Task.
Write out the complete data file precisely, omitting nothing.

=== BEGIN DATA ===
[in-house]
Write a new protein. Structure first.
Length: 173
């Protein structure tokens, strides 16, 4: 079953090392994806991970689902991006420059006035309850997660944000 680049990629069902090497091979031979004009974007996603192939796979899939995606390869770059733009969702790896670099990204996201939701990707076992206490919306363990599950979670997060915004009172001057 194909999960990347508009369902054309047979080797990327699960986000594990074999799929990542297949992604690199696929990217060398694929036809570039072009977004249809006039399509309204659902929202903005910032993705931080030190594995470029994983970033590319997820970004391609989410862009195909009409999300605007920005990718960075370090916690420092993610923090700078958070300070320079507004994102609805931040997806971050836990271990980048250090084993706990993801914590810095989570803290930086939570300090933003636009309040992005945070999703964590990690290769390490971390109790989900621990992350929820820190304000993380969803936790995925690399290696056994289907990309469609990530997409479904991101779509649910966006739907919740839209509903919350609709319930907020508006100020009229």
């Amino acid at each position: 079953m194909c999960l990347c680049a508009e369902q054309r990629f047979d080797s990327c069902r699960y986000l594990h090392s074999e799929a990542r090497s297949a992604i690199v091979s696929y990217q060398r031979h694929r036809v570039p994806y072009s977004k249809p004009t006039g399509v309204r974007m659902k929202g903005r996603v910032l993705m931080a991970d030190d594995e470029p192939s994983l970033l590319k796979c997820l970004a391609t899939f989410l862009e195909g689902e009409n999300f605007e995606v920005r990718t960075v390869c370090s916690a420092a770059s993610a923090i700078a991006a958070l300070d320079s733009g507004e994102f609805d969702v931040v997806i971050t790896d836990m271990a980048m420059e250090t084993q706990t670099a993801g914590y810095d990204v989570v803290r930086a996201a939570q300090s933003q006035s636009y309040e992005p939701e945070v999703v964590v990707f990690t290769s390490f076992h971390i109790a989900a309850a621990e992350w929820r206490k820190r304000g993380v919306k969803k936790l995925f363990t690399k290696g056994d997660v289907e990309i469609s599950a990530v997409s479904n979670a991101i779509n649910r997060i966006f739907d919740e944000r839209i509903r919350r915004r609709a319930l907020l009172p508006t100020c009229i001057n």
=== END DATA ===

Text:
[in-house]
Write a new protein. Structure first.
Length: 173
């Protein structure tokens, strides 16, 4: 079953090392994806991970689902991006420059006035309850997660944000 680049990629069902090497091979031979004009974007996603192939796979899939995606390869770059733009969702790896670099990204996201939701990707076992206490919306363990599950979670997060915004009172001057 194909999960990347508009369902054309047979080797990327699960986000594990074999799929990542297949992604690199696929990217060398694929036809570039072009977004249809006039399509309204659902929202903005910032993705931080030190594995470029994983970033590319997820970004391609989410862009195909009409999300605007920005990718960075370090916690420092993610923090700078958070300070320079507004994102609805931040997806971050836990271990980048250090084993706990993801914590810095989570803290930086939570300090933003636009309040992005945070999703964590990690290769390490971390109790989900621990992350929820820190304000993380969803936790995925690399290696056994289907990309469609990530997409479904991101779509649910966006739907919740839209509903919350609709319930907020508006100020009229």
């Amino acid at each position: 079953m194909c999960l990347c680049a508009e369902q054309r990629f047979d080797s990327c069902r699960y986000l594990h090392s074999e799929a990542r090497s297949a992604i690199v091979s696929y990217q060398r031979h694929r036809v570039p994806y072009s977004k249809p004009t006039g399509v309204r974007m659902k929202g903005r996603v910032l993705m931080a991970d030190d594995e470029p192939s994983l970033l590319k796979c997820l970004a391609t899939f989410l862009e195909g689902e009409n999300f605007e995606v920005r990718t960075v390869c370090s916690a420092a770059s993610a923090i700078a991006a958070l300070d320079s733009g507004e994102f609805d969702v931040v997806i971050t790896d836990m271990a980048m420059e250090t084993q706990t670099a993801g914590y810095d990204v989570v803290r930086a996201a939570q300090s933003q006035s636009y309040e992005p939701e945070v999703v964590v990707f990690t290769s390490f076992h971390i109790a989900a309850a621990e992350w929820r206490k820190r304000g993380v919306k969803k936790l995925f363990t690399k290696g056994d997660v289907e990309i469609s599950a990530v997409s479904n979670a991101i779509n649910r997060i966006f739907d919740e944000r839209i509903r919350r915004r609709a319930l907020l009172p508006t100020c009229i001057n």